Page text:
I would say that the problem about entering and exiting the subway car isn't the seating as it is the doors itself. Most major transit systems like New York, Seoul, or Hong Kong (those are the ones I am most familiar with) have four doors on each side of a car. Here, the Metro only has 3. What ends up happening is that no one wants to move in because they might be too far to exit; and as someone mentioned earlier, the doors do shut on people who are trying to exit.

Does anyone know if Metro has added an extra set of doors to each car for the 7000 series?


I agree with someone that Metro needs start/stop escalators. I've seen these work in the Seoul Metro and they not only are energy efficient, I'm sure they also cut down on the wear and tear of the machinery itself.


I've seen workers constantly picking up newspapers and what not from subway cars. The one thing I noticed though is that they never end up on the floor from passengers because there is a rack above the seats that passengers can leave bags on; they're just rods of metal in the shape of a rack. Here, people will just throw newspapers on the floor which made it a lot messier. Given that the seats have open space underneath it and in rows, it makes it hard to clean.


Again, I'll have to compare with Seoul. There, they use what is known as T-money cards. They come in various shapes and sizes from credit card sized to a charm that can attach to your phone. T-money can be used and reloaded not only in the subway, but every major convenience stores (i.e. 7-11, FamilyMart). These cards can be used to pay for everything transit related (with free bus-rail transfers) and also in cabs and to pay for purchases at convenience stores. It is by far the most advanced transit fare system I have seen.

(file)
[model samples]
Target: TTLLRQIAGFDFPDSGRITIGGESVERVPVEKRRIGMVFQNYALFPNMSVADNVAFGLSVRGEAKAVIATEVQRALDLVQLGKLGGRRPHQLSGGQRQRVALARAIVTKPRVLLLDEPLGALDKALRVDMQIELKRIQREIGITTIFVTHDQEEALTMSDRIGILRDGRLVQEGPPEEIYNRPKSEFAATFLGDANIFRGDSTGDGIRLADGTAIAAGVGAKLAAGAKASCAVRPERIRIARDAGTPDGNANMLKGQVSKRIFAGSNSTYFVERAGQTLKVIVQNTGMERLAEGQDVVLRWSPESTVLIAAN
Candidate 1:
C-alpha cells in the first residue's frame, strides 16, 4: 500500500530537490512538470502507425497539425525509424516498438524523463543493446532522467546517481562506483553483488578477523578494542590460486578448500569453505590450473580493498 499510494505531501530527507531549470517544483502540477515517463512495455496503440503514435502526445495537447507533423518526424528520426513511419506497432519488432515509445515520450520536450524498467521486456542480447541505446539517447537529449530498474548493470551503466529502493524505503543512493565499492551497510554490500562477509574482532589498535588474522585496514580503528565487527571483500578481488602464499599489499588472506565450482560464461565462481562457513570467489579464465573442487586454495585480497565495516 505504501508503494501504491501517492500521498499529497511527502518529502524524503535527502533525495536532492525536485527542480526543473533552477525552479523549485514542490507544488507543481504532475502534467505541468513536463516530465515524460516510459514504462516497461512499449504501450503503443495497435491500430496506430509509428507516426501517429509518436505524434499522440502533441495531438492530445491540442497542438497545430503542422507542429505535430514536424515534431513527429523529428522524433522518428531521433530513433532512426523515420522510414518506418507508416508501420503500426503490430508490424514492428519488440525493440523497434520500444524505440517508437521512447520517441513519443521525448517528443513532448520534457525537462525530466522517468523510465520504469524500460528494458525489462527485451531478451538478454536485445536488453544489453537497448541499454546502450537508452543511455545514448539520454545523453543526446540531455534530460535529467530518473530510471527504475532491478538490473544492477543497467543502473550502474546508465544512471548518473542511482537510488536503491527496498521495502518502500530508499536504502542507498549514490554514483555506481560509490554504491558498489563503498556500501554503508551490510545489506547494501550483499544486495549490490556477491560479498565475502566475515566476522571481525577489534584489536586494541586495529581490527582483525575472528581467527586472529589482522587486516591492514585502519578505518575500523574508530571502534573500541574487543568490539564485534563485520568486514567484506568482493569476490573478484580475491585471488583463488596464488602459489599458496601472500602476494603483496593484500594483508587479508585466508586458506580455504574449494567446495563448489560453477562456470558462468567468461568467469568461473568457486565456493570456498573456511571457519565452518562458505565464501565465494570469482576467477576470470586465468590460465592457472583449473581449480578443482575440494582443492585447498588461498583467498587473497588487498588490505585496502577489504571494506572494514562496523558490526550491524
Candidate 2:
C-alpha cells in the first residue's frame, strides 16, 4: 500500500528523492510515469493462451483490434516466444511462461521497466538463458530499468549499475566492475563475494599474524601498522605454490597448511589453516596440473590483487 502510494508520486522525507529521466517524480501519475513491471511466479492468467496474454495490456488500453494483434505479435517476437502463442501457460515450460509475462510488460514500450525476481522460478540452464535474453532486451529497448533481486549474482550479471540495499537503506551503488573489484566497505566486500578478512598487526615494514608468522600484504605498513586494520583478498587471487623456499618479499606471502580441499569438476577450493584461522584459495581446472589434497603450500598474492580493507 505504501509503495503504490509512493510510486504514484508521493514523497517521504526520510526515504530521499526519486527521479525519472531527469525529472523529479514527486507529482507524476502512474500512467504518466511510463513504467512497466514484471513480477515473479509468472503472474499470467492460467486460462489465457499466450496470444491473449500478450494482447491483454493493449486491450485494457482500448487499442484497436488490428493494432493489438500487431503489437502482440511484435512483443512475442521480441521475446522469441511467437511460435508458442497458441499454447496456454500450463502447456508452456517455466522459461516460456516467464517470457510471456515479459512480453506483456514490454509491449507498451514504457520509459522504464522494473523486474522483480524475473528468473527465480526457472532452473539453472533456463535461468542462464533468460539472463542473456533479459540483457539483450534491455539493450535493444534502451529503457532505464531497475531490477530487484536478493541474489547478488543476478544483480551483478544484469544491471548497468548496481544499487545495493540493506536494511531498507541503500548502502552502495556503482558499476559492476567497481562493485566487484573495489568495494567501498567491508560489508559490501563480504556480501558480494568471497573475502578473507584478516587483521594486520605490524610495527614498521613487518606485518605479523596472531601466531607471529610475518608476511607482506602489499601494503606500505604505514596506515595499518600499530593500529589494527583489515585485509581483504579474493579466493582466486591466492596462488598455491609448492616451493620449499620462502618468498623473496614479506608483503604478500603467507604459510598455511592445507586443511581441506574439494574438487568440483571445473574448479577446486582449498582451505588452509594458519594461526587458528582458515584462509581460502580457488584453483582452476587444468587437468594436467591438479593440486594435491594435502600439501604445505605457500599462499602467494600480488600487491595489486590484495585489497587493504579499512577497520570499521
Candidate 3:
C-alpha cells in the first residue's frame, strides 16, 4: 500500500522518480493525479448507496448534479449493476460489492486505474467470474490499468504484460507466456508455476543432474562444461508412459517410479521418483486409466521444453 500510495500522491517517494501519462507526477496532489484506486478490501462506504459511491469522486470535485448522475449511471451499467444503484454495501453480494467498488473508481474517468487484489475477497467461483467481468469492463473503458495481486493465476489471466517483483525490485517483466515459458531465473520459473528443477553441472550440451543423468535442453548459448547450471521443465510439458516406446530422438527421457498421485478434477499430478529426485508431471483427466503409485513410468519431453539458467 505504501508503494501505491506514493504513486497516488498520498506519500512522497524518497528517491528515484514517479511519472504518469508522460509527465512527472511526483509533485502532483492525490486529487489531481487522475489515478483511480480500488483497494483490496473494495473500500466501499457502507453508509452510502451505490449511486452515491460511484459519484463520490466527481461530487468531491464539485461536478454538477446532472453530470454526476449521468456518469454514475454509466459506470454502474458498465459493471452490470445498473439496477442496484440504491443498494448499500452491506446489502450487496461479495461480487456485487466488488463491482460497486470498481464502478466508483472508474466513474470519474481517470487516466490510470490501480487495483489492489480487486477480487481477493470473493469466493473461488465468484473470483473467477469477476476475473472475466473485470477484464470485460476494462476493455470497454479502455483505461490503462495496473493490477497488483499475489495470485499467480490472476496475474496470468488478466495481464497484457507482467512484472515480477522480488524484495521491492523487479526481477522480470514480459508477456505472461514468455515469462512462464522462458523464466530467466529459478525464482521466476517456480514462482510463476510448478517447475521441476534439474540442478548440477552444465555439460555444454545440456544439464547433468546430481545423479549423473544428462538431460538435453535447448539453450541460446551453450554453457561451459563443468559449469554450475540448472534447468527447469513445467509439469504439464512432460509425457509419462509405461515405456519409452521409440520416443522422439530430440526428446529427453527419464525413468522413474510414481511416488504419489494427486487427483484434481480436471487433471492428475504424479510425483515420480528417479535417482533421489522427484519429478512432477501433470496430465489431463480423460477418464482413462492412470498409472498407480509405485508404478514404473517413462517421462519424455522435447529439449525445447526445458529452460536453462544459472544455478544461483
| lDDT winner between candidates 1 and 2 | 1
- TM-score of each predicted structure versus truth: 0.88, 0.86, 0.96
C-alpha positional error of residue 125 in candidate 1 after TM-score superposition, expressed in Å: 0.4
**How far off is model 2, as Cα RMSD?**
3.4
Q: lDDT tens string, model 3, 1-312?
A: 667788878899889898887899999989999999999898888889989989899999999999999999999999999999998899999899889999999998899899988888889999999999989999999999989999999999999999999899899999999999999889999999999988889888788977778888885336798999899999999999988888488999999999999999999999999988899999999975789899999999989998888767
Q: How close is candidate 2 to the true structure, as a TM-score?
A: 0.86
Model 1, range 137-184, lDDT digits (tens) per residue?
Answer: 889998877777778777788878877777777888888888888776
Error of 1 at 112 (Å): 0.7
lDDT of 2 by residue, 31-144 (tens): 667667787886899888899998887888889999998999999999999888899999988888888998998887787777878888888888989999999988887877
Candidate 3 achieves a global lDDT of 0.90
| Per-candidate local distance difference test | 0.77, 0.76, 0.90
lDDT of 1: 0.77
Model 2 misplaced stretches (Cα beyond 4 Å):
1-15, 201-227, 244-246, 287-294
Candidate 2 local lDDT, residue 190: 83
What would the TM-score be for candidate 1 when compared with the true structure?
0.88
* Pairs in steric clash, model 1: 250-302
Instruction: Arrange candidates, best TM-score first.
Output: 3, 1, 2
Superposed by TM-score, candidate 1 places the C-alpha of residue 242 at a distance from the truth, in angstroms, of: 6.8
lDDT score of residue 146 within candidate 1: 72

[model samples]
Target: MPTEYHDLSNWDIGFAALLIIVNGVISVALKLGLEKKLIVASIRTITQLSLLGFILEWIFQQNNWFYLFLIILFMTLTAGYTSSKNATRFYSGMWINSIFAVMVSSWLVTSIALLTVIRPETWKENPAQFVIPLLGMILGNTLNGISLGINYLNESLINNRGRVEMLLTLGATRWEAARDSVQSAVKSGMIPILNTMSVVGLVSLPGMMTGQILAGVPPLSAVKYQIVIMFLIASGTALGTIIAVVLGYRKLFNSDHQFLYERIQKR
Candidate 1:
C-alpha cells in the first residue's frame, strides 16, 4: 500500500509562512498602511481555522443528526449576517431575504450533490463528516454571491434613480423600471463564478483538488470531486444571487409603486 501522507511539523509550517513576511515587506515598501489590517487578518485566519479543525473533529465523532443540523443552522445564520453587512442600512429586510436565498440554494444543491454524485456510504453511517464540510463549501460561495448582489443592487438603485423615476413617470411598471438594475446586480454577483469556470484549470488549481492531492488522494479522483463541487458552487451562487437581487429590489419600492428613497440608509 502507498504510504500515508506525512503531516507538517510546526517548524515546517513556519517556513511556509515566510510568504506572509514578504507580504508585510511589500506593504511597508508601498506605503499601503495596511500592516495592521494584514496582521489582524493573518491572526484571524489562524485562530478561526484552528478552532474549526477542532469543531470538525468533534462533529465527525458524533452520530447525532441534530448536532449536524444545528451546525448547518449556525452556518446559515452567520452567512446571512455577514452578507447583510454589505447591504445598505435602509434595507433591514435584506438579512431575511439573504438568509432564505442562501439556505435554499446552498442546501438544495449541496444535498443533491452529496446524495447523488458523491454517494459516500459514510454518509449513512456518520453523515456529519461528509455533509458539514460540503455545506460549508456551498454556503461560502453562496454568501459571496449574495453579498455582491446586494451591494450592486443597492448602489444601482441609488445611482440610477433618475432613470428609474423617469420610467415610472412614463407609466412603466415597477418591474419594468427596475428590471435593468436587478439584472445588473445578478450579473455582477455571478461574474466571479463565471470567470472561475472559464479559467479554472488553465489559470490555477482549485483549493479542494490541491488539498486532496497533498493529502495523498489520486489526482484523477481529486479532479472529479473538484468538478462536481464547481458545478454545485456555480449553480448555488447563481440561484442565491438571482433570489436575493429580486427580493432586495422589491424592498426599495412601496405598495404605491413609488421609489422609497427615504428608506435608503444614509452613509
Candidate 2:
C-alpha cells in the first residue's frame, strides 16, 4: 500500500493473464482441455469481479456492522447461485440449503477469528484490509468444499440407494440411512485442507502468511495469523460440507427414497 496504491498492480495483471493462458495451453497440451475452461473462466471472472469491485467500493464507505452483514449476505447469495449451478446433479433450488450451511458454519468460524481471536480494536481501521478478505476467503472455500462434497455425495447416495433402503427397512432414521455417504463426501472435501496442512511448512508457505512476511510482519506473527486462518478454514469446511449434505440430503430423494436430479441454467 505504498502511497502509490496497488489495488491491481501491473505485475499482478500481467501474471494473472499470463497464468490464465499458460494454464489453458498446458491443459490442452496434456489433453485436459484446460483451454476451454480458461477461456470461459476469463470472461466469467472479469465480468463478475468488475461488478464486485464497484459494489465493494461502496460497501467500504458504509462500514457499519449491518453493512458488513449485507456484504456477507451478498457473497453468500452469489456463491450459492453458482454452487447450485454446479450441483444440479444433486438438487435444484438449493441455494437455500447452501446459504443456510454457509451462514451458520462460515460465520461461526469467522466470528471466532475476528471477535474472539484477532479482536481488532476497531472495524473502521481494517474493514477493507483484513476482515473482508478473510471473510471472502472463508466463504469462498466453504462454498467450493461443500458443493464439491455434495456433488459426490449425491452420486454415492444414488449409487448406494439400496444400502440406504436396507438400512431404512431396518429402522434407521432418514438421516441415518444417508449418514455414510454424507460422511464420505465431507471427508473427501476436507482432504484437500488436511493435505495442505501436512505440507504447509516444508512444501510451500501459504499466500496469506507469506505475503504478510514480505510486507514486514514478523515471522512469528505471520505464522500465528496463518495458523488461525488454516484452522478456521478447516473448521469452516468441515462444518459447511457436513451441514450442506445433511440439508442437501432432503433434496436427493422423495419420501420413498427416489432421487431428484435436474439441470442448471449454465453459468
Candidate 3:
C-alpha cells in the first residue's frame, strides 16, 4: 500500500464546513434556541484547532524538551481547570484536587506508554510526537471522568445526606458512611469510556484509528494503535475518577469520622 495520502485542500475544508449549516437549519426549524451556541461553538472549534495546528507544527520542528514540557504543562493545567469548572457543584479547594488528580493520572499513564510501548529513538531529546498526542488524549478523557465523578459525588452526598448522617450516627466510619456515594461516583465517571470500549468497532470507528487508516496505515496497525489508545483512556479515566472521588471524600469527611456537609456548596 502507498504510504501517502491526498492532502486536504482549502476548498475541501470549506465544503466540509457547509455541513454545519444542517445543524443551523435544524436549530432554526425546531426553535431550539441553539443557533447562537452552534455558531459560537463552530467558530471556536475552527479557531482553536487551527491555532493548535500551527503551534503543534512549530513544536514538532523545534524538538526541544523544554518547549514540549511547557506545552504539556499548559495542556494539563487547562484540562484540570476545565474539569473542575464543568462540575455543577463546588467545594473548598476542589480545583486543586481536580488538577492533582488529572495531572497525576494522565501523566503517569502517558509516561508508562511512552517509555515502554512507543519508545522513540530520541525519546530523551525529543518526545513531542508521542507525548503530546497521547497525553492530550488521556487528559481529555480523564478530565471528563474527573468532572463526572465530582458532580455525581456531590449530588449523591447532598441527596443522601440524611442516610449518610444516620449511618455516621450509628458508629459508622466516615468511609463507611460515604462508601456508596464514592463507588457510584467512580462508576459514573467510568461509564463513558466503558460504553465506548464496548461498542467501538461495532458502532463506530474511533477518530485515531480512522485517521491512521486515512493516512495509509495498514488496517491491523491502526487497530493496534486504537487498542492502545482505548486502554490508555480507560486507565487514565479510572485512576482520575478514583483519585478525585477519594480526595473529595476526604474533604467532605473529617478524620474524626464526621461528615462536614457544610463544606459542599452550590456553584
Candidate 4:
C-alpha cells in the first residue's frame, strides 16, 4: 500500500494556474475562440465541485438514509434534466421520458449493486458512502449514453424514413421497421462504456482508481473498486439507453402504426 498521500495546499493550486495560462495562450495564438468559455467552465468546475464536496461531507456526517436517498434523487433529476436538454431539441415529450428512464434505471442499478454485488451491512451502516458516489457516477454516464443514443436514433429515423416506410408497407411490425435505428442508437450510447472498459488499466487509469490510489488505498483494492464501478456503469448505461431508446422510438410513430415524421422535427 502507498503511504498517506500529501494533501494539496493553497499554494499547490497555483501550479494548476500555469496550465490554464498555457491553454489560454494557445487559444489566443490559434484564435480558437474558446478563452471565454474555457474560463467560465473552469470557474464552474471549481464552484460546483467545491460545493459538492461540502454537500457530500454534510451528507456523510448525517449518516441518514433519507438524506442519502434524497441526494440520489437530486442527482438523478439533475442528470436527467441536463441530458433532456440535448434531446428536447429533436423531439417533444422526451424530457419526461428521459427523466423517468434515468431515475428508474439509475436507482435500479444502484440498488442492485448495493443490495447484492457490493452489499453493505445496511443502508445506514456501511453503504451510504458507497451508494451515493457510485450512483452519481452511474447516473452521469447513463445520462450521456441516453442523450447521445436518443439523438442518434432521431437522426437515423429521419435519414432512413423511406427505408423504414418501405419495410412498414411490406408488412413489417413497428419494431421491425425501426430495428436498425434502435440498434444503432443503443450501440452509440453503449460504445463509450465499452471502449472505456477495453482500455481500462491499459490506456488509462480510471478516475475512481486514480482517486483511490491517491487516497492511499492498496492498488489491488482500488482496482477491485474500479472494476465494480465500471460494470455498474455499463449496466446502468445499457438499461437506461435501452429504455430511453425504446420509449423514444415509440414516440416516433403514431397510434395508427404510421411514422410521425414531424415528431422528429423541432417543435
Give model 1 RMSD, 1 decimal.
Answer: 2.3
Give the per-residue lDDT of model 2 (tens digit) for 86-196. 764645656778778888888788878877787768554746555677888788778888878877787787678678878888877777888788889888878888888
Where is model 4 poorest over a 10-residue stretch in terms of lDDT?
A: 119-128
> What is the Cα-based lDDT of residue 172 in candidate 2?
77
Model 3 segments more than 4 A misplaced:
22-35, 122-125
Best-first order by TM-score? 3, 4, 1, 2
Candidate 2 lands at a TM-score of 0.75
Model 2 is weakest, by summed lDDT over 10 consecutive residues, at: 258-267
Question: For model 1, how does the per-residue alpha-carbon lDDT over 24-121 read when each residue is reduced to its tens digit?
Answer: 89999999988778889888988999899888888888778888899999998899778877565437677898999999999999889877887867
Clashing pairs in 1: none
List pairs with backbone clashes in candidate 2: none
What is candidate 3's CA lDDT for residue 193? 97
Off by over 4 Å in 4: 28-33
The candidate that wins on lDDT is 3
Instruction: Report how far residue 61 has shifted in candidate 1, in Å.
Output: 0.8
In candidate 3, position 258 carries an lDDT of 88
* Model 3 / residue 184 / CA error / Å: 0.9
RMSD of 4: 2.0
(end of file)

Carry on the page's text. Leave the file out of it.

Again, I will compare to Seoul. They have bus only lanes in the middle of the roads (without curbs) and for some reason, I hadn't seen violators of the lanes when I lived there for half a year. The buses were always very punctual and fast and many times, it would be faster to take the bus than the subway. I've heard that many metropolitan areas around the world have visited Seoul to see the bus system in action. I think it might be worth checking out as well.

Their bus numbering system also divides Seoul into 10 distinct districts. If a bus number was 412, the first number 4 would denote that the start of the route was in that district, the end of the route was in district 1, and the 2 would note that it is the 2nd line for routes that go from 4 to 1. Also, along the side of the buses, major landmarks along the route are displayed so a passenger will have a general idea of which route the bus will take.